A year of nature observation and reflection in Nova Scotia leads to Seeker at Matheson Brook, a book filled with love for the earth, rural life, and family.
Every writer has more than one project on the go. In my last post, I introduced readers to my debut novel, Braver Than You Know, written under my pen name, Katie Ardea. My next project is editing my non-fiction manuscript, Seeker at Matheson Brook, a journal recounting a year of observation and reflection here in northern Nova Scotia.
A door to freedom
In April of 1997, I was a harried, stay-at-home, homeschooling mother of two young sons. Trained as a biologist, I sometimes felt at the end of my rope. I yearned for time to discover and rediscover mysteries of nature and to write about them in the hope that in doing so I might rediscover myself. Then, one day, my husband, Vilis, offered to take a turn at teaching our sons one day each week. His offer opened a door to freedom, and I joyfully hastened through it.
Seeing nature with new eyes
So began a year of intense observation and reflection during which I saw things in nature I’d never seen before and reveled in sights I’d seen every day. My senses opened to the world in a way they never had before, granting me a more vivid appreciation for God’s gift of this amazing world.
Through frustration, joy, and sorrow, I scribbled notes while I walked, and I memorized details and images while I ran. At home, I typed those observations and reflections into a rough manuscript that blended anecdotes of everyday life with explorations of the natural world on my doorstep.
A story of love for the earth, rural life, and family
My year of journal writing ended in April 1998, but my hectic life continued, with the result that the manuscript retained its rough form for twenty years. Last year, I dusted it off, revised, and deepened it. The result is Seeker at Matheson Brook, a story of love for the earth, rural life, and family.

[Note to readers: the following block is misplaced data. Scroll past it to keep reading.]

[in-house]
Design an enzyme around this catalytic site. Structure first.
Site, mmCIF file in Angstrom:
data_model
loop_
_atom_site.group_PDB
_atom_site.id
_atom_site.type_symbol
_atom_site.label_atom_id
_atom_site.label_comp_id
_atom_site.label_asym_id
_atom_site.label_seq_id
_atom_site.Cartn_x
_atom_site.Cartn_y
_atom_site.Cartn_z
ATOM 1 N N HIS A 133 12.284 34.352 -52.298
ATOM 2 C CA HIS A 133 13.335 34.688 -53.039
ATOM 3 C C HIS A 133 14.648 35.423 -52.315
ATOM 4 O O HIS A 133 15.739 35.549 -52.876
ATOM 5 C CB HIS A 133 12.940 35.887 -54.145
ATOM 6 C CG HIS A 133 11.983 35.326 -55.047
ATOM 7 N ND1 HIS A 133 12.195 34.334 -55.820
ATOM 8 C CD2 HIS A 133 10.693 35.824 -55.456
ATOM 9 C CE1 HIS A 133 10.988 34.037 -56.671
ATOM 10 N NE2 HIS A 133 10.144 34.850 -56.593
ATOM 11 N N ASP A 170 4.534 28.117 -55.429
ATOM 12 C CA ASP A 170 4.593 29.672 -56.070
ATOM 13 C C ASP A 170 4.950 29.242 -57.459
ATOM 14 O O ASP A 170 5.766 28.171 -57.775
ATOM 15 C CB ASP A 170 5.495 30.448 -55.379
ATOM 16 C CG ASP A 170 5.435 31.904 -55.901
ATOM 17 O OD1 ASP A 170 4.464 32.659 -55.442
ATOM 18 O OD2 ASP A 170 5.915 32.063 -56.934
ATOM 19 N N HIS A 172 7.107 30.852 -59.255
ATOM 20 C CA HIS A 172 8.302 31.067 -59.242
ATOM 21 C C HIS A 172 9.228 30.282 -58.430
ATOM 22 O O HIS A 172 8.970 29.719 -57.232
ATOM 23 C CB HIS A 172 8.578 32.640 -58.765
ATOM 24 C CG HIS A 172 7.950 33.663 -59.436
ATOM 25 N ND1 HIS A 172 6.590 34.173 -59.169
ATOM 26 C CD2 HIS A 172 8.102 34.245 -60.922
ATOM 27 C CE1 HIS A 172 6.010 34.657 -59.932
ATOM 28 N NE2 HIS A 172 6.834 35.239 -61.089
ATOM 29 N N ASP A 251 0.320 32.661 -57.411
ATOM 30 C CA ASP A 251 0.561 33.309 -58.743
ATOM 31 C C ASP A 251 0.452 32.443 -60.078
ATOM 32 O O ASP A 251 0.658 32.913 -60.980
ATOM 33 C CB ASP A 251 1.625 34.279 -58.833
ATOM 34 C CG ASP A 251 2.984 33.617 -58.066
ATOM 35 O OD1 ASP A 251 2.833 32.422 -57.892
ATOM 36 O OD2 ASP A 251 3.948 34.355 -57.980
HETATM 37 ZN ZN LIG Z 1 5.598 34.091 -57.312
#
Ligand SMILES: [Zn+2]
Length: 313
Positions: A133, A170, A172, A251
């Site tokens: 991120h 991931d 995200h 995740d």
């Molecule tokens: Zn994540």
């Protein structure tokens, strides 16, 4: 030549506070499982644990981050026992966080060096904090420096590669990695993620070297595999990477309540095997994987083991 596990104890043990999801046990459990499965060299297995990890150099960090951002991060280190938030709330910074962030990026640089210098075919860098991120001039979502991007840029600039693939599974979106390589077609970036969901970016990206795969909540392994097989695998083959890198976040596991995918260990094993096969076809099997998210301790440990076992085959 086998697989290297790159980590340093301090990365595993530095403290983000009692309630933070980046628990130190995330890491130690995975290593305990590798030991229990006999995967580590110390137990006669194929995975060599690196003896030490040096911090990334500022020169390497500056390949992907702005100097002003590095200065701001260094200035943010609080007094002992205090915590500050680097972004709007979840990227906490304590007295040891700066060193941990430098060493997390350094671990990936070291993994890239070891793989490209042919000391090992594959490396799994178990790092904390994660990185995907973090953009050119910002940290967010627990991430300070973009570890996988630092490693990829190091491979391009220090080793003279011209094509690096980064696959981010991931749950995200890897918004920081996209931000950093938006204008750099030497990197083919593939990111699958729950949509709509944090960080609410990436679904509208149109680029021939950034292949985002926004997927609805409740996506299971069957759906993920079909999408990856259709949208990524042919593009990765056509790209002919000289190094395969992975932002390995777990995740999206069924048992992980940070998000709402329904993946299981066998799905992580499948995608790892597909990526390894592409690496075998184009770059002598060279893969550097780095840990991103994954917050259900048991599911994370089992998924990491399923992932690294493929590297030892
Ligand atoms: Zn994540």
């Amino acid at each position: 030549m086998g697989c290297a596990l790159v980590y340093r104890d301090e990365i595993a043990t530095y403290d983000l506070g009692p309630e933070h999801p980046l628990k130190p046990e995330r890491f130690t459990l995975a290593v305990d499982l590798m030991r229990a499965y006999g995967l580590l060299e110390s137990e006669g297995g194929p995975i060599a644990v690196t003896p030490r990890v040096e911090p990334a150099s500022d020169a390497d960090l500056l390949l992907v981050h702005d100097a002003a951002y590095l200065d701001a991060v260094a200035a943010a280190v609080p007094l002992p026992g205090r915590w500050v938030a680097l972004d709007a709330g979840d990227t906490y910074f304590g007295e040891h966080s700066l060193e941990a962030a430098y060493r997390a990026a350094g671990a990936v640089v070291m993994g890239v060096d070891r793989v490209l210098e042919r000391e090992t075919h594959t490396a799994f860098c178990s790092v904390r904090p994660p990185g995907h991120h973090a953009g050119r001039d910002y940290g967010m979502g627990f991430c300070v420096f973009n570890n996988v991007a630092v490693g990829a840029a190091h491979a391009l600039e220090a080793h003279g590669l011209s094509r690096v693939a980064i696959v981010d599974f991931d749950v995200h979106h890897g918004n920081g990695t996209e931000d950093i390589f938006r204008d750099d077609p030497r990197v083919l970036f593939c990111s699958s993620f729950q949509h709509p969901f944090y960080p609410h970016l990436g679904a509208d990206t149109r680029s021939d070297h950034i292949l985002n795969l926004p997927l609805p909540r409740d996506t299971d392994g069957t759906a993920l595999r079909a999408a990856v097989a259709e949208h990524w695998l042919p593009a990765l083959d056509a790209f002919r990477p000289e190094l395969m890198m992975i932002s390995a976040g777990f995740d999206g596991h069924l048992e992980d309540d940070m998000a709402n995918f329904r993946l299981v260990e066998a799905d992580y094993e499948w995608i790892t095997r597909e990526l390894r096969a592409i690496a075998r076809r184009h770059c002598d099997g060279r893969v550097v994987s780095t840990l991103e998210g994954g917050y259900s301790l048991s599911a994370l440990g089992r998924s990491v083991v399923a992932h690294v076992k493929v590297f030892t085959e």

I thought the manuscript was looking good, but a publisher I submitted it to said it still needs polishing. That will be my top priority for this coming winter.
Read an excerpt
Below, I’ve included an excerpt from Seeker at Matheson Brook, illustrated with photos I took recently while walking the rural Nova Scotia route featured in the excerpt.
(I read this excerpt to a group of writers in my home village of Tatamagouche. A photographer and writer commented afterward, “I want to take pictures of the forest.” A painter and writer said, “I want to go home and paint.” It seems they were inspired. Have a read and see what you think.)
Seeker at Matheson Brook © 2019 by Magi Nams
“October 22…My breath is white heat against cold air, the meadow grasses immobile under frost. In the woods, fallen leaves are crisp flakes of autumn beneath my feet. I seek them out, make them crackle, and then return to the middle of the road where footsteps fall more quietly. The Cathedral hemlocks rise tall around me, straightening my spine and pushing the crown of my head up into the sky. They’re as still as a breath held, as dark as midnight. Beyond them, in the thinned forest near Balmoral Road, leaves of maple, birch, ash, and aspen hang like autumn flames frozen in still air.
“My clothes and footsteps are too loud for this morning. On Balmoral Road, an oncoming car is a locomotive bearing down on me and then receding. An ATV’s roar is an explosion against the hillside. We’ve made our world so loud! What would I have heard had I walked here a hundred years ago? The rumble of nearby Balmoral Grist Mill and the jingle of horse bells? What about two hundred years ago? Bird song and light steps?
“Beside Matheson Brook Road, shivering aspen leaves are brilliant tongues of golden fire, bright in the morning sun. A ruffed grouse missiles across the road. The dark band on its broad tail is one arcing curve, and the curl of its braking wing, another.
“Leaves whose petioles clung to twigs throughout the night give up their hold and fall lightly to the forest floor. The neighbor’s dog barks. A school bus passes. The loud sounds are here, then gone, and again I hear the soft fall of dying leaves. Chickadees murmur. My breath is white heat against cold air, the roadside alders immobile under frost.
“On the front road, fallen leaves crunch underfoot. Sunlight that doesn’t yet seek this dark, shaded slope hits sugar maples and largetooth aspens on the far side of the brook. They flame with golden fire while I walk in frost.
“The red maple by the pond stands naked, her dress in dull tatters on the ground, her grey arms reaching to the sky. Old grasses clutter the hill. On the porch, pumpkins and dry cornstalks are shades of orange and gold. In the house, I smell apples drying, eat stone-ground oatmeal, and paint my mind with pictures of orange and gold, of grouse and flames, of dying leaves and the white heat of breath against cold air.”
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